The recent tragic events on the Virginia Tech campus showed both how far we’ve come in terms of using technology to disseminate information to a large group of people quickly, and how far we still need to go. While it’s admirable that Virginia Tech used email to notify people about the situation, it proved to be the wrong communication vehicle for this.
The main problem is that the email warning was sent out when a lot of students were already en route to their classes and therefore not able to access their email accounts. In a CNN article about the tragedy, security expert Mike Brooks stated that relying too much on email as an alert system doesn’t work because “If you’re not in your dorm, not at your computer, or you don’t have a hand-held device, you’re not going to know.”
A much better alternative for such emergency alerts is a text message campaign. In the ever increasing on-the-go society in which we live, people just aren’t always around their computers to receive such messages. However, what most people do have with them are their cell phones. Text messaging is a much better solution for these circumstances because of the following reasons:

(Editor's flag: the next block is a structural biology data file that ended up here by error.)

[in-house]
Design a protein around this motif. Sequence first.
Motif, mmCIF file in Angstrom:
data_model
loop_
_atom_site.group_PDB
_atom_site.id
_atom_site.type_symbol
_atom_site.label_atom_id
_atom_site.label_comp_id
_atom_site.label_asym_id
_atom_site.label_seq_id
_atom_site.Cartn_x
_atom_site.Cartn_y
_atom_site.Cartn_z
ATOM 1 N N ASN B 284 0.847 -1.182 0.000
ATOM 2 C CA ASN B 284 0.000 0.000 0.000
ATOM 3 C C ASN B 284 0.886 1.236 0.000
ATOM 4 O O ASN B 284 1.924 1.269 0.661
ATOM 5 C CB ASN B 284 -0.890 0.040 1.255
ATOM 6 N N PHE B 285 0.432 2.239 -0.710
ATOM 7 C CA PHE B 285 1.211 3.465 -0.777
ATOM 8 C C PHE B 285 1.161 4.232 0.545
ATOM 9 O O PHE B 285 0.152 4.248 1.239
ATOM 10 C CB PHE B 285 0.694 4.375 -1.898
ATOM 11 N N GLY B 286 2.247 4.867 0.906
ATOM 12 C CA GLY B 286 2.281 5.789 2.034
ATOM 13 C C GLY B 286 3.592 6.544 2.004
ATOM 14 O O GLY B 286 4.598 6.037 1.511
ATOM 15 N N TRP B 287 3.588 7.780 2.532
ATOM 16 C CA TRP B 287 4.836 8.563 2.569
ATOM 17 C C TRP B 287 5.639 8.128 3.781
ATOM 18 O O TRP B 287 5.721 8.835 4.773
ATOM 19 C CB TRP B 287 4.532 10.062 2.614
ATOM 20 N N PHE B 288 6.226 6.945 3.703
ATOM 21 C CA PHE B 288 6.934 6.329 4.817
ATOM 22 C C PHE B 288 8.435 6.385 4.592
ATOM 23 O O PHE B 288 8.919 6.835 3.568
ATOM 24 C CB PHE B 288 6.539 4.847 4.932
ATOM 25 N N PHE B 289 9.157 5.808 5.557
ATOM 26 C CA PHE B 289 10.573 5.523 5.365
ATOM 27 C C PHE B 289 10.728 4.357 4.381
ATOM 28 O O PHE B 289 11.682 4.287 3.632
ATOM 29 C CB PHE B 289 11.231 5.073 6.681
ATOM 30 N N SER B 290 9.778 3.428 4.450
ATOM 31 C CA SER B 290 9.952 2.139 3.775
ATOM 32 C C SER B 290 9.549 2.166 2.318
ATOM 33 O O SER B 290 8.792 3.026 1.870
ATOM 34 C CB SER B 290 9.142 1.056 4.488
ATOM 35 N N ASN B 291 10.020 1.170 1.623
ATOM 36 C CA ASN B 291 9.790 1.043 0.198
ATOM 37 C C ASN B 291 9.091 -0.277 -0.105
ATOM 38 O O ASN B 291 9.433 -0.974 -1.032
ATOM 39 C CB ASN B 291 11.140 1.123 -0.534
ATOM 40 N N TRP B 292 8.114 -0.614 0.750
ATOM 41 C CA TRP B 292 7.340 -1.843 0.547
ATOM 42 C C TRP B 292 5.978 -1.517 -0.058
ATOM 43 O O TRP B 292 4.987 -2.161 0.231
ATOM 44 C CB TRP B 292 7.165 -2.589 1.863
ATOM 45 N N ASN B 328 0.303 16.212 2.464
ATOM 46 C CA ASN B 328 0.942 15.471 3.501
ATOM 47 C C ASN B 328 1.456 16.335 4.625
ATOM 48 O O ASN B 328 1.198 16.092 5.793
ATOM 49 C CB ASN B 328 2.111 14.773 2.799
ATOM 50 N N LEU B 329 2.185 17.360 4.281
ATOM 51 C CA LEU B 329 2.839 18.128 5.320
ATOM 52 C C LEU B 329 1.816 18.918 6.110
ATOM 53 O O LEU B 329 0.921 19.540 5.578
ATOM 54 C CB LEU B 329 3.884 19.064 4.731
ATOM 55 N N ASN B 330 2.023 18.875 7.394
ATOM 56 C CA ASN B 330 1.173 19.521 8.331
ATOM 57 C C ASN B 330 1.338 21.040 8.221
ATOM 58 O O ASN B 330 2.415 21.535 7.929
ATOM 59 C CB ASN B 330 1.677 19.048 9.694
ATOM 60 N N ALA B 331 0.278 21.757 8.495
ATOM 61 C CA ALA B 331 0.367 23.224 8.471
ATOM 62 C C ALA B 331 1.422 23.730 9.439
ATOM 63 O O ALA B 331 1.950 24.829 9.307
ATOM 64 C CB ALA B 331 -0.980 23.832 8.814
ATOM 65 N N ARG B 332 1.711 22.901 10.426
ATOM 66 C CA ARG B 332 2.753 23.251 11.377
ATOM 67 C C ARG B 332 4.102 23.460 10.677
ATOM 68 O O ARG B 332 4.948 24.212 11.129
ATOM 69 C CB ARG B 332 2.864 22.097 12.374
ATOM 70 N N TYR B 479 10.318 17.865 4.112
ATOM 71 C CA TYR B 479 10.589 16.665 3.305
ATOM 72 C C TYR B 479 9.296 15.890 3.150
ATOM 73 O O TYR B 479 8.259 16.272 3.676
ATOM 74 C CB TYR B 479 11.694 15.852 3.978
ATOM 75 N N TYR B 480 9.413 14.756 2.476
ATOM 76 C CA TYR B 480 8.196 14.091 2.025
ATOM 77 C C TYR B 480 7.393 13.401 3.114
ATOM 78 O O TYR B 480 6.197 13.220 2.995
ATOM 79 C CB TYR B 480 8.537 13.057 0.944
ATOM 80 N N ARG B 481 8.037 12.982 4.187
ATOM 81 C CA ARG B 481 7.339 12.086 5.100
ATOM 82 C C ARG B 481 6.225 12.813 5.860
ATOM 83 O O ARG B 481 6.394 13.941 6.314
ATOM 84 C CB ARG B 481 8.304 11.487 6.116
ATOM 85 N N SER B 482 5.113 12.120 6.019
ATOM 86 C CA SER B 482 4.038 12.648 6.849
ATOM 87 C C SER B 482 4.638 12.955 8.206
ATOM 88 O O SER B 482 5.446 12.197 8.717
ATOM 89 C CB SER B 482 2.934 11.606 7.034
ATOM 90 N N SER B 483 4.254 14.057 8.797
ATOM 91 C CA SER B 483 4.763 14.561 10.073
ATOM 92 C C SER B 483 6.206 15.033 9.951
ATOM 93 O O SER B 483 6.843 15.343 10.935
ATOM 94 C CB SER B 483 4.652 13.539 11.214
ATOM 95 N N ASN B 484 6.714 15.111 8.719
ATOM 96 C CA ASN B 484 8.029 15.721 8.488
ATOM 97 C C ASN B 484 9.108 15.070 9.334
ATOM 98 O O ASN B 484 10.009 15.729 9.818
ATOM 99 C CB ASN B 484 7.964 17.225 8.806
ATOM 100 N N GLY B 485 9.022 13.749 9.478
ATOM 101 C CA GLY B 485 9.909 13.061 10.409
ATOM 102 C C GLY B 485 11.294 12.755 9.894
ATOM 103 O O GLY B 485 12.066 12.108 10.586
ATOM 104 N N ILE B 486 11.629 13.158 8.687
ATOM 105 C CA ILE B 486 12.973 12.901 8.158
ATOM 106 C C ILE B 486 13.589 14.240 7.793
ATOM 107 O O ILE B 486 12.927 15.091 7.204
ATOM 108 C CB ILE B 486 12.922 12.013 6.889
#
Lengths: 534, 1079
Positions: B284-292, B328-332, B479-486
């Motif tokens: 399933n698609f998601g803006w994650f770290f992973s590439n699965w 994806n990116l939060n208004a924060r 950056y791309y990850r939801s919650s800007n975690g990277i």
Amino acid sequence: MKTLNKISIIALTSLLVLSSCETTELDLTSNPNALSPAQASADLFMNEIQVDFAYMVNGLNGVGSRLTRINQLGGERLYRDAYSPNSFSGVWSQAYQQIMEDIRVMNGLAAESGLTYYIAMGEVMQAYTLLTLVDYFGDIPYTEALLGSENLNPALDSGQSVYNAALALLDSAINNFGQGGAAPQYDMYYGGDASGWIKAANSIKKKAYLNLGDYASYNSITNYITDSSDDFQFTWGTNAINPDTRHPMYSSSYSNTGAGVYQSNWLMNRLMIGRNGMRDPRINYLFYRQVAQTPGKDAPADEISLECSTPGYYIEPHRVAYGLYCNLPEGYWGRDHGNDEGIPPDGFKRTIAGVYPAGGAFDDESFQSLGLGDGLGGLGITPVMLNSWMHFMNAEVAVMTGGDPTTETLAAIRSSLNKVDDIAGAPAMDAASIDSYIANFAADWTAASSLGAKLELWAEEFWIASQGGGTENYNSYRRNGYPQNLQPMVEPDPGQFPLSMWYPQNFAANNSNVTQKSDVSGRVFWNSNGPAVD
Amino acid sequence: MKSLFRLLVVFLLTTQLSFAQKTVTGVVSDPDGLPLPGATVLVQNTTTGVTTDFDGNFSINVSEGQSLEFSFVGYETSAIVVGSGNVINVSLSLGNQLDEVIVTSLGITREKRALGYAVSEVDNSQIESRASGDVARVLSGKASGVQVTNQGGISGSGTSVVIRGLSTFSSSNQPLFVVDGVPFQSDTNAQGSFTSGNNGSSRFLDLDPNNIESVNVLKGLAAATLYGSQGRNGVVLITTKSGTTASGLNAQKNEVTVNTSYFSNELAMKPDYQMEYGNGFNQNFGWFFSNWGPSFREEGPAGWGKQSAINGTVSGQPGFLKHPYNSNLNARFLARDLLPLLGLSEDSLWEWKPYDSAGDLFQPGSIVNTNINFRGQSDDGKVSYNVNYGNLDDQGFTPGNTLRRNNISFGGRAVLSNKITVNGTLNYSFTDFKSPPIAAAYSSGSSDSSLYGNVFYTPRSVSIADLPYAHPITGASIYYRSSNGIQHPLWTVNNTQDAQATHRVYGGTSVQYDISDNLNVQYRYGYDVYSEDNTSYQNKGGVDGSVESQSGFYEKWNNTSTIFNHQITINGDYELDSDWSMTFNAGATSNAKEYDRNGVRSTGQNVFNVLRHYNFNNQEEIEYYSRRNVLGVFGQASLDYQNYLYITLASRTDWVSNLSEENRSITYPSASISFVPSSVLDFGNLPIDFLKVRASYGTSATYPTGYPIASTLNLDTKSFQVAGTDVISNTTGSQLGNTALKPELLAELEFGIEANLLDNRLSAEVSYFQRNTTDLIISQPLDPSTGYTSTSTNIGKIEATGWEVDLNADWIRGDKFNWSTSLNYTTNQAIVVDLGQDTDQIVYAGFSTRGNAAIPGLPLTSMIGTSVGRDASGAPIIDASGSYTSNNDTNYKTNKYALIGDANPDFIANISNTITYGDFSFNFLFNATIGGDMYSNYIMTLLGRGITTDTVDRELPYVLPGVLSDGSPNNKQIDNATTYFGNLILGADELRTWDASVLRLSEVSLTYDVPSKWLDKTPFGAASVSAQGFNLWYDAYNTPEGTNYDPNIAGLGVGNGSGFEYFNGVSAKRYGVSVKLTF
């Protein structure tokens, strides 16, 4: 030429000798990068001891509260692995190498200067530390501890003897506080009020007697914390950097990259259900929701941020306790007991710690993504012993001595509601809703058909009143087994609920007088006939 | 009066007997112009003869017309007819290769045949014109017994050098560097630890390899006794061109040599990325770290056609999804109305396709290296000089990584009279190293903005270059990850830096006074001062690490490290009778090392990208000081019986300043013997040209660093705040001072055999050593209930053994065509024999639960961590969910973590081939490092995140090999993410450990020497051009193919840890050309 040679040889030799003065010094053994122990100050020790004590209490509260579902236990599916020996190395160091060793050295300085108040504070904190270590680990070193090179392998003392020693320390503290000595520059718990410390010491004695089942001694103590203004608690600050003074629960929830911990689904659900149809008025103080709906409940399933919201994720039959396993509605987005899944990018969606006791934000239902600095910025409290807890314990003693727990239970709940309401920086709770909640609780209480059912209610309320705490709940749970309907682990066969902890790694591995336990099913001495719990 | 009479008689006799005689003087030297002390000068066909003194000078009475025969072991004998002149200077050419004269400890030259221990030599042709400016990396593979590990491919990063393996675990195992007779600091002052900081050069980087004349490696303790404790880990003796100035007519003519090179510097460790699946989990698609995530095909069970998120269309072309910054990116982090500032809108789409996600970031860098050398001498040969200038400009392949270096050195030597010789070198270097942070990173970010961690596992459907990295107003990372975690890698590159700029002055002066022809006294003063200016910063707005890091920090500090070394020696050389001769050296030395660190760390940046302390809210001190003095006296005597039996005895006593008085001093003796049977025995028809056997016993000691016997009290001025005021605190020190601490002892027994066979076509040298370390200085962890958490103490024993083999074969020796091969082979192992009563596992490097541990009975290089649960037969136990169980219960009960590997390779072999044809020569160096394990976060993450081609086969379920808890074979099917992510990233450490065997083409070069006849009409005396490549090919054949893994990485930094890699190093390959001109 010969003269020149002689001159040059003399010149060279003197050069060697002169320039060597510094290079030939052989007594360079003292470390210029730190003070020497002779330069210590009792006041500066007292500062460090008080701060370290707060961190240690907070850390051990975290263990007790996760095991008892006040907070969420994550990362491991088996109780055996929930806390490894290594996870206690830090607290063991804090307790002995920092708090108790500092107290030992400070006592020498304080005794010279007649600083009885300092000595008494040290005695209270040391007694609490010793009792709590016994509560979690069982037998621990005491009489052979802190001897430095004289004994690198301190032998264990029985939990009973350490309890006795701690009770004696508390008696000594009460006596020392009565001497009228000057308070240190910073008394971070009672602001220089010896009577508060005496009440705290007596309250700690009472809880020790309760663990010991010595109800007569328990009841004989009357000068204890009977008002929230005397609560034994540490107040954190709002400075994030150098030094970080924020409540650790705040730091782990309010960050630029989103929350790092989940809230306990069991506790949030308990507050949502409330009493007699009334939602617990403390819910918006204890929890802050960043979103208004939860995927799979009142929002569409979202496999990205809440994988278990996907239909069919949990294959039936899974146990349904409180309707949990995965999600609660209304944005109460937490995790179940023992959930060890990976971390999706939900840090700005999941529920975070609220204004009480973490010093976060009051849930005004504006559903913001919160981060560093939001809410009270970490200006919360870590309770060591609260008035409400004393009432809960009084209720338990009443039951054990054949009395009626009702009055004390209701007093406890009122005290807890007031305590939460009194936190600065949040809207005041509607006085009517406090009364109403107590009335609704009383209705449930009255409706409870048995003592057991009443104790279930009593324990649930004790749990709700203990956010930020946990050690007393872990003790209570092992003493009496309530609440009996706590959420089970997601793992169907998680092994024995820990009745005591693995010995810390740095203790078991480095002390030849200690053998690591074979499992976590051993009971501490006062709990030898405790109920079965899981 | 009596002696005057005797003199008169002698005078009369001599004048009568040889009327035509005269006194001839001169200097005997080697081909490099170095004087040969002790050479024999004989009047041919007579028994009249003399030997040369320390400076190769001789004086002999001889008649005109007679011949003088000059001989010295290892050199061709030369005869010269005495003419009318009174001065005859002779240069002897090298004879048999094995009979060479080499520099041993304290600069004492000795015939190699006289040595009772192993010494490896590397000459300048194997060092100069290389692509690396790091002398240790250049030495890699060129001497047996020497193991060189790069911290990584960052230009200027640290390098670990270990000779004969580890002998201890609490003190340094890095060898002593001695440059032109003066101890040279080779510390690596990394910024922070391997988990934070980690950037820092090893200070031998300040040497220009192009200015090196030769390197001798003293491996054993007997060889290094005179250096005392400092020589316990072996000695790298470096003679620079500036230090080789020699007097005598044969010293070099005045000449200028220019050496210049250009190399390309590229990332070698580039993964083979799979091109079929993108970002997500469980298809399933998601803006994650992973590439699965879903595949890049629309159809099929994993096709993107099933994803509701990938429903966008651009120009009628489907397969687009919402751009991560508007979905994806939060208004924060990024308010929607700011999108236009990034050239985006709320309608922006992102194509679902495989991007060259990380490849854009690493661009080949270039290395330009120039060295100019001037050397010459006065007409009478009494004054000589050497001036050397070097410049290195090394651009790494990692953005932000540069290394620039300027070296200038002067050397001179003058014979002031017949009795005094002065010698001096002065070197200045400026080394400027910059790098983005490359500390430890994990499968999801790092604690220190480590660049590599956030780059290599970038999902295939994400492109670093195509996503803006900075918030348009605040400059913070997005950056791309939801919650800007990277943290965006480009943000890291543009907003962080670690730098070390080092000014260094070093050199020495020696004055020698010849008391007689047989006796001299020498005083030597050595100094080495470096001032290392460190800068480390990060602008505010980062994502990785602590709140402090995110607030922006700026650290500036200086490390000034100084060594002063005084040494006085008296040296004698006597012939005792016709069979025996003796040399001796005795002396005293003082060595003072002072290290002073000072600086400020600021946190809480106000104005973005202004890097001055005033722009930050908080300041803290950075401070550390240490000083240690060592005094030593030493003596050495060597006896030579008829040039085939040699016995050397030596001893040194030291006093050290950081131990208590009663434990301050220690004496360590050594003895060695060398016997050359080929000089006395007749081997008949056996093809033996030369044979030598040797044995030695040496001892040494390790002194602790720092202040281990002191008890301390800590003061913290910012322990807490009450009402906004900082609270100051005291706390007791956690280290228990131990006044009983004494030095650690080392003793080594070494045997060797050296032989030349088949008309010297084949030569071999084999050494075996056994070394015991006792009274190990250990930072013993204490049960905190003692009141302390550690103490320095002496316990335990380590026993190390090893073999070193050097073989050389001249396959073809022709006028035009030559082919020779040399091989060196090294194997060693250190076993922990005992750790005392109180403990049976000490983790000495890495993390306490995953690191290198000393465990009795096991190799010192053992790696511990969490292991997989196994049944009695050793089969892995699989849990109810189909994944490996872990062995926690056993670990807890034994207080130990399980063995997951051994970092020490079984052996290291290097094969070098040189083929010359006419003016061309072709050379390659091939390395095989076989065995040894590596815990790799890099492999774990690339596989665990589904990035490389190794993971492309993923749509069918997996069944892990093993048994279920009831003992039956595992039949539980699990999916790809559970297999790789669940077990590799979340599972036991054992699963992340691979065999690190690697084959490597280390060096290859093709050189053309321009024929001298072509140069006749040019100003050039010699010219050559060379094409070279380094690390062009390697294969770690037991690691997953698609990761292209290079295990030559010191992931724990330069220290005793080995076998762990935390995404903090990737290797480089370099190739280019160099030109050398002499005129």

Ã¯Â¿Â½ Greater chance they will have their cell phone with them, especially during off-hours.
Ã¯Â¿Â½ Sending messages even when regular phone service is disrupted due to emergencies or when their Internet connections are down.
Ã¯Â¿Â½ A text message can have a tactile response. When it buzzes in a user’s pocket, usually making them check the message immediately to see if it’s something they need to respond to right away.
Of course, in order to implement a text messaging alert system you need technology robust enough to handle the load. You need a solution that is fast, reliable and extensible. You also want the flexibility to roll out initiatives to both large and small groups, without breaking the bank in the process.
Not exactly an easy task. In fact, in that same CNN article a Virginia Tech police official stated that they were considering using text messaging for such emergency alerts but hadn’t implemented anything yet.
In order for a system like this to work, here are some key features that must be considered:
Ã¯Â¿Â½ Alerts created and sent from a Web-based control panel or generated at the last-second directly from a mobile device.
Ã¯Â¿Â½ A special “Are you OK?” feature allowing your people to text back where they are and how they are doing.
Ã¯Â¿Â½ Support for all major US Carriers including Sprint, Cinguar, Verizon and T-mobile.
Ã¯Â¿Â½ Rapid delivery within a few minutes to all on the send list, regardless of database size.
We recently created a solution called STAT (Stun Texting Alert Technology). As a digital messaging company, we’re acutely aware of the power that a broadcast message can have, not just for marketing but as a communication tool to quickly get the word out for any situation. For more information on STAT email us, firstname.lastname@example.org or call 800-492-7886. We are dedicated to helping organizations respond to emergencies as quickly as possible.